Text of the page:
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NYCLU fears ReZone may harm Syracuse's most vulnerable

Syracuse ReZone logo.
Syracuse ReZone logo.

As Syracuse struggles with a housing shortage, especially affordable housing, debate over whether ReZone Syracuse will help or harm the city’s most vulnerable residents continues amongst Common Council members, who will vote on the plan this afternoon.

While its proponents tout it as a solution, Lanessa Owens-Chaplin, Environment Justice Attorney of the New York Civil Liberties Union, says there’s not enough in the plan to guarantee more affordable — or less segregated — housing in Syracuse.

The city "will still be segregated by race and income," Owens-Chaplin said. "And they’re doing nothing to address those issues. I think as a community we have to figure out how we’re going to uplift everyone. That’s not what’s happening in this plan."

Owens-Chaplin says she worries this modern rezoning effort will continue to harm Syracuse’s Black and brown communities.

"There’s this unwarranted rush to pass it on Friday because developers are waiting to develop," she noted. "And it’s just simply they’re putting the needs of developers over the needs of the people in the city."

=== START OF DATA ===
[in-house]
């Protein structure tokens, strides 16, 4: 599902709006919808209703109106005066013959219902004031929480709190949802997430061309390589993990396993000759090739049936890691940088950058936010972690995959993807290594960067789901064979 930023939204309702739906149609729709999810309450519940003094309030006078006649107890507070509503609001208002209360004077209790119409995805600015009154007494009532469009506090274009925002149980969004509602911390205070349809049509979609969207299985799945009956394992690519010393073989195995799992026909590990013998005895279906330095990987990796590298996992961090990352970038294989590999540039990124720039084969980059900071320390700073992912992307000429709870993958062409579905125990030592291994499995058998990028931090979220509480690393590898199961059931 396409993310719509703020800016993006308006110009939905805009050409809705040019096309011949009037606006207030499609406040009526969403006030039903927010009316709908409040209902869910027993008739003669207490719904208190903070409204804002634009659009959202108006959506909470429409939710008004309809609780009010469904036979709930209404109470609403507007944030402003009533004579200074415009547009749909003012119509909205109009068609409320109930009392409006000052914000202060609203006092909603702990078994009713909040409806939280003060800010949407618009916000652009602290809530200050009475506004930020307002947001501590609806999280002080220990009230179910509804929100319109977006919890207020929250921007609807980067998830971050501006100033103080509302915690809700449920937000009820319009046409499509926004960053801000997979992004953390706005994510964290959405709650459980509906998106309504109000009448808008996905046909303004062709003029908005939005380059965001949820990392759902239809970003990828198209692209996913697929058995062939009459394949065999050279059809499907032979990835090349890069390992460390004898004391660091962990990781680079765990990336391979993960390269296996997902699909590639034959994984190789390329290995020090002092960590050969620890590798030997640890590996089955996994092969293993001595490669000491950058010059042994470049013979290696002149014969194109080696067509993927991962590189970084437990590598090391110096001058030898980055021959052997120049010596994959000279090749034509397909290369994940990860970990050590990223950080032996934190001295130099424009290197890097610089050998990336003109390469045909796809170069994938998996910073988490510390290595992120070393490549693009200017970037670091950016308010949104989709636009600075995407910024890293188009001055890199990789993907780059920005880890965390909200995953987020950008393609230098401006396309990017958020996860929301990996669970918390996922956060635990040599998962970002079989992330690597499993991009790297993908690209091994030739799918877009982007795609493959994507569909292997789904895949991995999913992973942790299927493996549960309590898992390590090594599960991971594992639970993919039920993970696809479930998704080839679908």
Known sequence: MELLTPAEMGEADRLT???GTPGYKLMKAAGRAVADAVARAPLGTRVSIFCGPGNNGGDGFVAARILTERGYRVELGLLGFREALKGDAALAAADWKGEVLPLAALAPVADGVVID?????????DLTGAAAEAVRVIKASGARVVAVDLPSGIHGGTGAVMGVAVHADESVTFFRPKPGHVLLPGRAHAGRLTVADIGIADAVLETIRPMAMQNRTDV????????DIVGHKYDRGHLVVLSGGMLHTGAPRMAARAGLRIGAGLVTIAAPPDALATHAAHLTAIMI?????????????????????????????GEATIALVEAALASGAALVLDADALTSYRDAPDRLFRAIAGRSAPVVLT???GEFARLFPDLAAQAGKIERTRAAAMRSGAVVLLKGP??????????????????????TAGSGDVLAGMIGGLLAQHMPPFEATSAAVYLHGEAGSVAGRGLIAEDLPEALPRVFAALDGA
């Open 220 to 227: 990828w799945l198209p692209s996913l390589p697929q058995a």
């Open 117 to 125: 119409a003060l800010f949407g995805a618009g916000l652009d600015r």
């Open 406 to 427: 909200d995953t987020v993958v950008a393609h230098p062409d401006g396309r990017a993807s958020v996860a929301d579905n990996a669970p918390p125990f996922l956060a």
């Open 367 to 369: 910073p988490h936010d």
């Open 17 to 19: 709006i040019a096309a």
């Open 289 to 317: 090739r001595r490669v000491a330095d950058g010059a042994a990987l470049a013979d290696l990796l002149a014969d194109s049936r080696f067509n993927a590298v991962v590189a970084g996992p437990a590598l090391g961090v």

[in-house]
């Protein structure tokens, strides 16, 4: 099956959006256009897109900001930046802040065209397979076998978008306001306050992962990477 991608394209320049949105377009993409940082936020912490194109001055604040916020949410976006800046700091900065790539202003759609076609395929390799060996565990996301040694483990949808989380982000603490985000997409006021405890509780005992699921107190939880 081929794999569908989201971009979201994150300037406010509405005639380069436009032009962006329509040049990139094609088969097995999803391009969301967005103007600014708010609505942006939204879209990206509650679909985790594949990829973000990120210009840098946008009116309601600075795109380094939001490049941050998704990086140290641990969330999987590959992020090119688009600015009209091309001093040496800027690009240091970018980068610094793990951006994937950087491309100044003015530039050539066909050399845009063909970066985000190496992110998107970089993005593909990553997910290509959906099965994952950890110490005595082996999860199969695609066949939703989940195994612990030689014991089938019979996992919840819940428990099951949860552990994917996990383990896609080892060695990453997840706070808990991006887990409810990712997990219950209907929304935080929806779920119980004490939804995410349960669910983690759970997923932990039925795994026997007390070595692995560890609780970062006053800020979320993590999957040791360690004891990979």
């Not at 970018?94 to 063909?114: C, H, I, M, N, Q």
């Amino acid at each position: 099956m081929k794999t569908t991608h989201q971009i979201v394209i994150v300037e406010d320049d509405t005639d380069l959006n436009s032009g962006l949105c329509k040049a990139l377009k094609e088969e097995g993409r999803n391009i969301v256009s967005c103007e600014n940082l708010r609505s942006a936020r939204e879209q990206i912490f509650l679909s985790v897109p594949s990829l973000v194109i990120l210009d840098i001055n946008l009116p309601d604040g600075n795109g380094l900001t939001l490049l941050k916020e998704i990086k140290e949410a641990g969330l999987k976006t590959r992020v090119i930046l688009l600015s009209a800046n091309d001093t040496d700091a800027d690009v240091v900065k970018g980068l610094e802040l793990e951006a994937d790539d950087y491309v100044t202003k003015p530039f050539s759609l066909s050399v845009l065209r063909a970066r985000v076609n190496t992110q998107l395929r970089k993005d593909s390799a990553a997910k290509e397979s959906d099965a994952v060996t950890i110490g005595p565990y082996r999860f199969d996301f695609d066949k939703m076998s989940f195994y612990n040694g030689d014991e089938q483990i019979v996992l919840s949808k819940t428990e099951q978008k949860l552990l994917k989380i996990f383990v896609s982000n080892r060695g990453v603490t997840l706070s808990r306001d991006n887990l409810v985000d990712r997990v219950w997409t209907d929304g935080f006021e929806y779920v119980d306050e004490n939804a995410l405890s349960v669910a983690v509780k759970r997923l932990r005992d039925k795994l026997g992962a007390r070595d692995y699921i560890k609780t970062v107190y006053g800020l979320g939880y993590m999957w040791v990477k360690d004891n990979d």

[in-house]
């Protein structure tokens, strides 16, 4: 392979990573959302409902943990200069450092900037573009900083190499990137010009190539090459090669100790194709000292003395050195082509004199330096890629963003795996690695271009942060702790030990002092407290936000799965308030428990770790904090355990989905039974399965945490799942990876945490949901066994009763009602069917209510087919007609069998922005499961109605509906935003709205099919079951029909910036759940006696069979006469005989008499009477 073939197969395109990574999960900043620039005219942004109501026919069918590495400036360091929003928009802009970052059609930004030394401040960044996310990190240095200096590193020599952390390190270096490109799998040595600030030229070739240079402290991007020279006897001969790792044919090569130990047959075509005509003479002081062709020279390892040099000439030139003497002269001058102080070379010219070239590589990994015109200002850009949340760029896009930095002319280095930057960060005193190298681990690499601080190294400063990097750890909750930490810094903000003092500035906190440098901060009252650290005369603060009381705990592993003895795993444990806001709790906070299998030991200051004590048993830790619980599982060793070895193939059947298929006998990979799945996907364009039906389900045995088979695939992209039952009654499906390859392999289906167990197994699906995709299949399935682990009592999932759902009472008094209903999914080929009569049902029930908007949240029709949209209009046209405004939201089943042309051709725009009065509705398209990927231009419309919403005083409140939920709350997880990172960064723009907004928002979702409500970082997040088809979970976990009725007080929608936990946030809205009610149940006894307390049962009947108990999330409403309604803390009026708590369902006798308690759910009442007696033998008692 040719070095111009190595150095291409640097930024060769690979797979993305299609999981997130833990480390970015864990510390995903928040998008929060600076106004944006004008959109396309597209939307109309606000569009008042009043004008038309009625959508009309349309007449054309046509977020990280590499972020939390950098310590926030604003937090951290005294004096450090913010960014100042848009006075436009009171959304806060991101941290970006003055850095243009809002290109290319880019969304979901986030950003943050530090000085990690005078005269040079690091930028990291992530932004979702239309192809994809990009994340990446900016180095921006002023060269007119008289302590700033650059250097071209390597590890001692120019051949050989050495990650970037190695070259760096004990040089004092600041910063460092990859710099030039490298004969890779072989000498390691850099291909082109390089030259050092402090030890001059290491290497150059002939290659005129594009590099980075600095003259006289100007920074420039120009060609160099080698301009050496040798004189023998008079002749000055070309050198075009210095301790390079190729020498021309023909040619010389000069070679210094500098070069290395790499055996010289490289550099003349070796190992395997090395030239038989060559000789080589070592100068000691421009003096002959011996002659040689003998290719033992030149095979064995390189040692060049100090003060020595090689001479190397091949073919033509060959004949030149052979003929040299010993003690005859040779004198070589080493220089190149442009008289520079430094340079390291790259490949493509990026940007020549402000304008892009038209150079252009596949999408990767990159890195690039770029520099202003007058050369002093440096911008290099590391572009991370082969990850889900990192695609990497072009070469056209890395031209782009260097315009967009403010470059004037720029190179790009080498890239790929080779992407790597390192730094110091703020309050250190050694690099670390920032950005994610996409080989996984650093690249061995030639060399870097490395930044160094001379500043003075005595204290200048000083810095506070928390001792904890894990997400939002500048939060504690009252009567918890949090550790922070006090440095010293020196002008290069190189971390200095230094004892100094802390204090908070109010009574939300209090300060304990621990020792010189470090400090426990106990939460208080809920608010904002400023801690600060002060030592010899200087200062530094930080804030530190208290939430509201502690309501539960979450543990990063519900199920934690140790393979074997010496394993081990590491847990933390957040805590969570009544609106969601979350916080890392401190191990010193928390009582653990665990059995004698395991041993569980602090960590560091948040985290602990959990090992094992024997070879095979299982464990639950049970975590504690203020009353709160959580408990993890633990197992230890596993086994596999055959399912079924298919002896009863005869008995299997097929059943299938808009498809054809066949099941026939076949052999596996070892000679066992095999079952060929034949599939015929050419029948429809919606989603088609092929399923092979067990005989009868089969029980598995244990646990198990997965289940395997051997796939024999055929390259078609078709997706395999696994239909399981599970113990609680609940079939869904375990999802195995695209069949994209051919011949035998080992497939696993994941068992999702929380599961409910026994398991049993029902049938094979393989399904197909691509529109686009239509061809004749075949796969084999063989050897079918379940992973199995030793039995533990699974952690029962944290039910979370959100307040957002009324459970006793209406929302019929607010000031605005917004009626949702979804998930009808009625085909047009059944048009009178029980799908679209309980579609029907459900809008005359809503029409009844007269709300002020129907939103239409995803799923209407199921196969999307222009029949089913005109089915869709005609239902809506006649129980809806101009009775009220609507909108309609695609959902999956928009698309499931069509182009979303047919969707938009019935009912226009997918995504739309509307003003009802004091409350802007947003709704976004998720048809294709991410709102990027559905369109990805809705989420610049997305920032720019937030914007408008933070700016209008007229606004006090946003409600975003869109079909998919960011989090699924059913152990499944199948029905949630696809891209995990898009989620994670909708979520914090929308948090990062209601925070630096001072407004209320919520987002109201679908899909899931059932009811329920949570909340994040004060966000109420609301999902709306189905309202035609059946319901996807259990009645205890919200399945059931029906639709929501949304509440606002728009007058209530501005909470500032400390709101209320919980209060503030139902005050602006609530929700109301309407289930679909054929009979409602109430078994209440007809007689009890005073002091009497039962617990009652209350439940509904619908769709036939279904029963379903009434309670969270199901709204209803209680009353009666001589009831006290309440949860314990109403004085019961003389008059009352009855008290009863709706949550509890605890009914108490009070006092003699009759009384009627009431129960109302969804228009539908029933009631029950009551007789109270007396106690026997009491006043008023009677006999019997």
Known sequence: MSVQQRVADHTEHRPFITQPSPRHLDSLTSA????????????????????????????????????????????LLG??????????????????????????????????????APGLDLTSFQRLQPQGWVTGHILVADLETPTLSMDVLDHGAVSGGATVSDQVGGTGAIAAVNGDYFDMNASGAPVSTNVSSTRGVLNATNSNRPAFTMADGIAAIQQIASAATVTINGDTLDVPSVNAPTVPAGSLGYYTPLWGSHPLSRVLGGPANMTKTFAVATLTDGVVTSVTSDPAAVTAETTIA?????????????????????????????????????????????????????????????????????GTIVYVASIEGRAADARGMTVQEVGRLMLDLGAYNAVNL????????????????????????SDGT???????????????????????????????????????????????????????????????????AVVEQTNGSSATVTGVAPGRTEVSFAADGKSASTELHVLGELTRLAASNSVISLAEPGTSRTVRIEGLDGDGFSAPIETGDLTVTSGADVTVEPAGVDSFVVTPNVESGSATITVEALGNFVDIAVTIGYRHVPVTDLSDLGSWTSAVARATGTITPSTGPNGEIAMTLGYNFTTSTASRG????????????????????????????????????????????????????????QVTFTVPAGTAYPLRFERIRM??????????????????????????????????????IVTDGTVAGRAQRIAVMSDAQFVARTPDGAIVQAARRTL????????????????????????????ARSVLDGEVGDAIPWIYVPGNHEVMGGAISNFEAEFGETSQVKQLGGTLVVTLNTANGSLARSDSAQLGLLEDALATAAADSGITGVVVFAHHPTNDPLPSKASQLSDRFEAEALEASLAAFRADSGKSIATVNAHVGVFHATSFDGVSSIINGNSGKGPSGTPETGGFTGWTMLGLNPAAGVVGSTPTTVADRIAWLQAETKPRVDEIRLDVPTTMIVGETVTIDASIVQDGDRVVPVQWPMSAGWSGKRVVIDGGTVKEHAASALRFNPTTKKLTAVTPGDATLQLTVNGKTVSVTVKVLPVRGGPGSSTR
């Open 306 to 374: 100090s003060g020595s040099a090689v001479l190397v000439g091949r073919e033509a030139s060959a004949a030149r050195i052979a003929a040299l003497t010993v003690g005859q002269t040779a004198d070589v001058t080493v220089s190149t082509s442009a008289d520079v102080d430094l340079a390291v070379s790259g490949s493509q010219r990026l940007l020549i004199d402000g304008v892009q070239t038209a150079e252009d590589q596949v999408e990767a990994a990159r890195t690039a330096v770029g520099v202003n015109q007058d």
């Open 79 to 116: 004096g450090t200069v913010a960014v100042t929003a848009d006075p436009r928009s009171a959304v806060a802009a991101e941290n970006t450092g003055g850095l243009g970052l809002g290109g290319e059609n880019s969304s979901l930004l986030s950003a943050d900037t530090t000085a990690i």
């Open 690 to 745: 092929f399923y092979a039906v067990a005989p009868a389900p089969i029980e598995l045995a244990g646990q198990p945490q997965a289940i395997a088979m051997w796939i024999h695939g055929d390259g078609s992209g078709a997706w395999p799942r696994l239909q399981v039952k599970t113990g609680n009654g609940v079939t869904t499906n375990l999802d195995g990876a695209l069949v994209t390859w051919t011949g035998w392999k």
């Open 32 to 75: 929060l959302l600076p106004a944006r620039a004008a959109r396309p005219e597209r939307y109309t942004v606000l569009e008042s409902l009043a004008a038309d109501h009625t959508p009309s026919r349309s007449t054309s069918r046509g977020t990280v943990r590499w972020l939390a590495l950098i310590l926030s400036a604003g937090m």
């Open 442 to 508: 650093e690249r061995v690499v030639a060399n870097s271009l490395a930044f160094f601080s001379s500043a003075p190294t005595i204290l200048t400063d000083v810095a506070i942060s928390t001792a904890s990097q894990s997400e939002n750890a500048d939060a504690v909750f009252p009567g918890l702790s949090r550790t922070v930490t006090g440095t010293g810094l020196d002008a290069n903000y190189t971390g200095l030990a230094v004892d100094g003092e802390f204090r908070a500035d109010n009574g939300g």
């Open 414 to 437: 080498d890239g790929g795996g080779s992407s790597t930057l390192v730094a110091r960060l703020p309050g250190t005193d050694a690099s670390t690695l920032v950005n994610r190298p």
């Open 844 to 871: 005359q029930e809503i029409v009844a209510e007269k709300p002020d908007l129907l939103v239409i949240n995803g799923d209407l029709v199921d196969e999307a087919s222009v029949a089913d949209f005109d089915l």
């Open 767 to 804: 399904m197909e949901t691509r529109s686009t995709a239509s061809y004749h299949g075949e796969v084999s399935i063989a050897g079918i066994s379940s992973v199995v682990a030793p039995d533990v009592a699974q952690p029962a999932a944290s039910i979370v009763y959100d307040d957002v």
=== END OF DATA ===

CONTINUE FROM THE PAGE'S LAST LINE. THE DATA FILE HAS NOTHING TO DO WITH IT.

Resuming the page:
According to ReZone Syracuse, 10-12% of units of larger residential developments should be set aside as affordable housing. Councilor Patrick Hogan acknowledges that developers can currently opt out of this, but he says this and other parts of the plan can be changed in the future.

"We look at this as a living breathing document," Hogan said. "We’re not going to sit this on the shelf and let it gather dust like the last one did. We are going to amend when needed."

Including, he says, to accommodate changes brought by companies like Micron.

Syracuse was last rezoned in 1967.